Encouragement for Creators: And To Think (How) It Happened….

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Throughout the 1930s and 1940s, he worked variously as a cartoonist for magazines such as Vanity Fair and Life, or as an advertising artist for companies that included Standard Oil and General Electric. But Ted Geisel envisioned using his talents in an entirely different way.

Ted was born on March 2, 1904, in Springfield, Massachusetts. He was the grandson of German immigrants. Ted’s father managed the family brewery, and had it not been for Prohibition during the 1920s, the creative young man might have ended up making good German beer. But instead, after the brewery was forced to close, Ted enrolled at the University of Oxford, studied art, and became a successful illustrator. Despite this success, however, Ted wanted to write books.

In 1936, while returning from an ocean voyage to Europe, Ted got the idea for a children’s book. He made notes and composed lines of verse while standing at the ship’s rail. After arriving back home in New York City, he spent the next six months writing and illustrating his first book — and rewriting it; and sweating over every little detail of the words and pictures.

How many times do I have to tell you? No. No. NO!!!

When he finished A Story That No One Can Beat, he tucked the original manuscript beneath his arm and started making the rounds at all the major publishing houses. From 1936 through much of 1937, Ted showed his illustrated story to 27 different book editors — none of whom apparently felt it was A Story That No One Can Beat. All 27 rejected Ted’s book. And they all gave essentially the same reasons: your book is “too different” from other children’s material; fantasy doesn’t sell these days; and worst of all, a story told in verse is simply out of vogue! The editors also complained that Ted’s book contained “no moral or message,” and they didn’t care to publish anything NOT written with the aim of “transforming children into good citizens.”

Ted repeatedly argued, “What’s wrong with kids having fun reading without being preached to?” His words, though, fell upon deaf ears.

After his 27th rejection, Ted tucked his tattered manuscript beneath his arm once again, and headed home. Depressed, frustrated, and more than just a little angry, he intended to burn the book when he reached his apartment. But along the way, he bumped into an old friend. The man asked him, “What’s that under your arm?”

“…A book that no one wants to publish,” came the answer. “I’m lugging it home to burn.”

Ted’s friend explained that not three hours earlier he’d been made an editor at Vanguard Press. In fact, he said, “We’re standing outside my new office.” He then invited Ted up to his office so he could look over the manuscript. Once inside, the man introduced Ted to the children’s book editor, who almost immediately agreed to publish the book, but with a single stipulation: “…You’ve got to give me a snappier title!”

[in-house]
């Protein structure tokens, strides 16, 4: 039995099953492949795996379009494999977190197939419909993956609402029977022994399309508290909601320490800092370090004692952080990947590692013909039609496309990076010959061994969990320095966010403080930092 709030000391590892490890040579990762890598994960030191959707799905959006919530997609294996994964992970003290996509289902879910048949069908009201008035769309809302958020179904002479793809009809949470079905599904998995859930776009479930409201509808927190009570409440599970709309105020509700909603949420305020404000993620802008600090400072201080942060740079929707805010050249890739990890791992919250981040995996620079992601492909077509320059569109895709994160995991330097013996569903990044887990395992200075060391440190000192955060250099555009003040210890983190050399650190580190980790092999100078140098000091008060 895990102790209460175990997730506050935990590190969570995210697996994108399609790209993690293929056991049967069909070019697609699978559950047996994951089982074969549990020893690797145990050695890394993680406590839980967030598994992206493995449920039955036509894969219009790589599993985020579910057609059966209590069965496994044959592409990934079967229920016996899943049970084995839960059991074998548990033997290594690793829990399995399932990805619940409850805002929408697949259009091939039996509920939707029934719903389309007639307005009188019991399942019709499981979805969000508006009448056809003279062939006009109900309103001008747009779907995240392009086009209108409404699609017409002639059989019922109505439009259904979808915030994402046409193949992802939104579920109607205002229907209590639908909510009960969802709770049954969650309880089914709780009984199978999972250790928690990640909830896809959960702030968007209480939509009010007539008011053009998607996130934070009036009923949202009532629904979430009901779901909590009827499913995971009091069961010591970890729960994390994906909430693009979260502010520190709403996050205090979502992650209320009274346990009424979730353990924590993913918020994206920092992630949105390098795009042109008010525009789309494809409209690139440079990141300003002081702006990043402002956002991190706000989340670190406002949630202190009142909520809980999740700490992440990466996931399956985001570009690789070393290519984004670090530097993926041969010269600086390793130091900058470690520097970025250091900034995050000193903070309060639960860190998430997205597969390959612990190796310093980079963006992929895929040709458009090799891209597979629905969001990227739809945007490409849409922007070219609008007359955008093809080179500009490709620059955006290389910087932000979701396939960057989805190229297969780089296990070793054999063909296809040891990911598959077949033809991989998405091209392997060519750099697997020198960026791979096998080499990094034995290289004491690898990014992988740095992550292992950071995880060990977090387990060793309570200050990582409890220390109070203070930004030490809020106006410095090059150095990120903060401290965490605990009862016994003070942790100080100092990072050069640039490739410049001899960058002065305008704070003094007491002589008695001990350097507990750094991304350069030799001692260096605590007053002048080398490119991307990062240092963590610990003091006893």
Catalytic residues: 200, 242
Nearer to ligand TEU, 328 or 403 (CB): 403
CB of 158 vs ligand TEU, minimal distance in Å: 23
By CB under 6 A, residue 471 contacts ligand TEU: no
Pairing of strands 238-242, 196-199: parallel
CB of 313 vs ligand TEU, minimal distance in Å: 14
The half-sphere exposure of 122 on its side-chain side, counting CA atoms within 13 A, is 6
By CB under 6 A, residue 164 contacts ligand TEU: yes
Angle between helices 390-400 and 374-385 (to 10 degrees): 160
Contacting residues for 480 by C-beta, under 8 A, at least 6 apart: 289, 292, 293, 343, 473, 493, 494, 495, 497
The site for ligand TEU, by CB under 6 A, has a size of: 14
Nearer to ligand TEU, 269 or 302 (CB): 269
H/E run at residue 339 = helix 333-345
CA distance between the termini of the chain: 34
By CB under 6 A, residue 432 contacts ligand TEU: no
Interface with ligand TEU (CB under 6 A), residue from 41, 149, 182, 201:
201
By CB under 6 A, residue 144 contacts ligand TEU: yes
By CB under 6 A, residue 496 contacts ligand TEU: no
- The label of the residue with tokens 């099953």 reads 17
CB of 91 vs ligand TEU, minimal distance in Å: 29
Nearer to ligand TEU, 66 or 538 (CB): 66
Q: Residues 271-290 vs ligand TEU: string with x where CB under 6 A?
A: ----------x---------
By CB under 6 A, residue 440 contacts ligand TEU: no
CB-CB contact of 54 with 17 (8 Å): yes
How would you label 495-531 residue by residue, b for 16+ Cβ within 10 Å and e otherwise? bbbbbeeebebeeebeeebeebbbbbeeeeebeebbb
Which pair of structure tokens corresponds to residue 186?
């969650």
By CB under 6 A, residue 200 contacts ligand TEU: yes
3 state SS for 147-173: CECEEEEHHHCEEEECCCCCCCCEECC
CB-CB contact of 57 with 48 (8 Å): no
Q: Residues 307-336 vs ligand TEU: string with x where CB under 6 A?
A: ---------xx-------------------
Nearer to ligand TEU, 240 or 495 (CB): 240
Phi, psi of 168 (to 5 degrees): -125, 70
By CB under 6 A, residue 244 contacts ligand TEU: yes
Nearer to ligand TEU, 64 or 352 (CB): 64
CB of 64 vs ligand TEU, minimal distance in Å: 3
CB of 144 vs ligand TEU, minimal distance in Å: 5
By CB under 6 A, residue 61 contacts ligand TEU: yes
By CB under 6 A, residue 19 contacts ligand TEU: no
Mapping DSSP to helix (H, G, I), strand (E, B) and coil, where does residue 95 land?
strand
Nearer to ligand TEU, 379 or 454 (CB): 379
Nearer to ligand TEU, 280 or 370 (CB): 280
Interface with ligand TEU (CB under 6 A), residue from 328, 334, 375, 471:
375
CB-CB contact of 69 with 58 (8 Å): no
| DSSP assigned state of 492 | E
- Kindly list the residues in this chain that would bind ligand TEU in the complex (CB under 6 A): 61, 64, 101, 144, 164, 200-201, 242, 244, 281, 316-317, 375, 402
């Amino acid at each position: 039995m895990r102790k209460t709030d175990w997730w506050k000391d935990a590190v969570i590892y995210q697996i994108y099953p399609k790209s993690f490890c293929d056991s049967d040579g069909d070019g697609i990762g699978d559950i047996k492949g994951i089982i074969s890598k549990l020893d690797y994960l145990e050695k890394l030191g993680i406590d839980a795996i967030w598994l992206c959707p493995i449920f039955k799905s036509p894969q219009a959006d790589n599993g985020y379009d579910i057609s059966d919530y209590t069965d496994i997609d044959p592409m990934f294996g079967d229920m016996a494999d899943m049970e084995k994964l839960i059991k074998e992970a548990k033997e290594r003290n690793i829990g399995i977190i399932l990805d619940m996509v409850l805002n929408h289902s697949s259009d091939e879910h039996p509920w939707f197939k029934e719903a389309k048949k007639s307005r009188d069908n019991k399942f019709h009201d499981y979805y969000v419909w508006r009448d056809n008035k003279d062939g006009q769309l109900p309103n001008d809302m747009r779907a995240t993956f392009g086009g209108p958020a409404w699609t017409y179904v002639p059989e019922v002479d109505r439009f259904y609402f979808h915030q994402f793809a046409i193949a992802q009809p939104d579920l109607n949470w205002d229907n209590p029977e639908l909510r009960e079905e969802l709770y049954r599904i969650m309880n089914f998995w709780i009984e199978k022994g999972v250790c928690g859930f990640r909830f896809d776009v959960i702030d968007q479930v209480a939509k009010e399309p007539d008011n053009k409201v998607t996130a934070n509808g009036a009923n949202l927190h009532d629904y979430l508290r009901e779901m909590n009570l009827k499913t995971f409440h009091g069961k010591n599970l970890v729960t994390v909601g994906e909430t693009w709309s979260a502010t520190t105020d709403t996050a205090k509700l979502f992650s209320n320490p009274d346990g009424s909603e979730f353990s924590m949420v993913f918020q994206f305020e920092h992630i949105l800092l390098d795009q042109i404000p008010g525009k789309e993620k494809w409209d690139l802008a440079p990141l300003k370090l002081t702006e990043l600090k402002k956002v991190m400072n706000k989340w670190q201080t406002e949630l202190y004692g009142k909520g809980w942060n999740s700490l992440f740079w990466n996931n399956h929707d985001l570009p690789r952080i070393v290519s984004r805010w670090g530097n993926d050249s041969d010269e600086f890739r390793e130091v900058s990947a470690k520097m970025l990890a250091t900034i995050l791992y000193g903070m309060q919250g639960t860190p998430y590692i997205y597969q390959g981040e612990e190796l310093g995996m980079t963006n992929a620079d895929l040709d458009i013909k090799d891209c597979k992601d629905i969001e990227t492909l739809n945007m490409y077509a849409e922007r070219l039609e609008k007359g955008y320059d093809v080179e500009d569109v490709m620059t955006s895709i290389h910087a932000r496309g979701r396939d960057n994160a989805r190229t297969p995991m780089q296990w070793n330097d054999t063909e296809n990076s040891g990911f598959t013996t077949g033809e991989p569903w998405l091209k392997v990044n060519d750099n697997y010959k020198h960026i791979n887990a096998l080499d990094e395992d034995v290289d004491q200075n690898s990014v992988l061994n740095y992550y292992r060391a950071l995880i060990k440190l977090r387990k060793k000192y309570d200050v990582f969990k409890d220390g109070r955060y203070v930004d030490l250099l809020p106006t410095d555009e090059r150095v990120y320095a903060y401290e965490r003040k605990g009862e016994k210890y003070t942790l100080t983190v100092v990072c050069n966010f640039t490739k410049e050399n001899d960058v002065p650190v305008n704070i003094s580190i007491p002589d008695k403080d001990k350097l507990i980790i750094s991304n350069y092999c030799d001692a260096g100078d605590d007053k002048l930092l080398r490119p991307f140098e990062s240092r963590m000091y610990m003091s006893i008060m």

Vanguard Press published Ted’s first children’s book, retitled And to Think I Saw It on Mulberry Street, in 1937, with an impressive print run of 15,000 copies. The book received glowing reviews, and it sold reasonably well. But after six years, and a couple of reprints, the book had only sold about 30,000 copies. Ted had earned less than $3,500 in royalties, so Mulberry hadn’t exactly made the author rich.

Geisel’s first book got the same reception as green eggs and ham–which, once tasted, is actually really good!

No matter, Ted was on his way. He continued to create children’s books. He also continued to write and illustrate them under the pseudonym of Dr. Seuss! His later books include The Cat in the Hat and How the Grinch Stole Christmas. Today, several decades later, most of these books are still in print, with sales now totaling over 600 million copies. Several have been adapted as animated TV specials, and How the Grinch Stole Christmas has been made into two big-budget movies, both of which were incredibly successful at the box office!

A “chance” meeting with a man who was willing to lend a helping hand had put Theodore Geisel on the road to success. Geisel once wrote of that
encounter, “If I had been going down the other side of Madison Avenue, I’d be in the dry-cleaning business today.” What a sobering thought! Imagine a world without Dr. Seuss or Green Eggs and Ham !! Thank God, for “chance” meetings, and kind souls everywhere, who are willing to facilitate worthy endeavors!

“The LORD directs the steps of the godly. He delights in every detail of their lives.” (Psalm 37:23 NLT)

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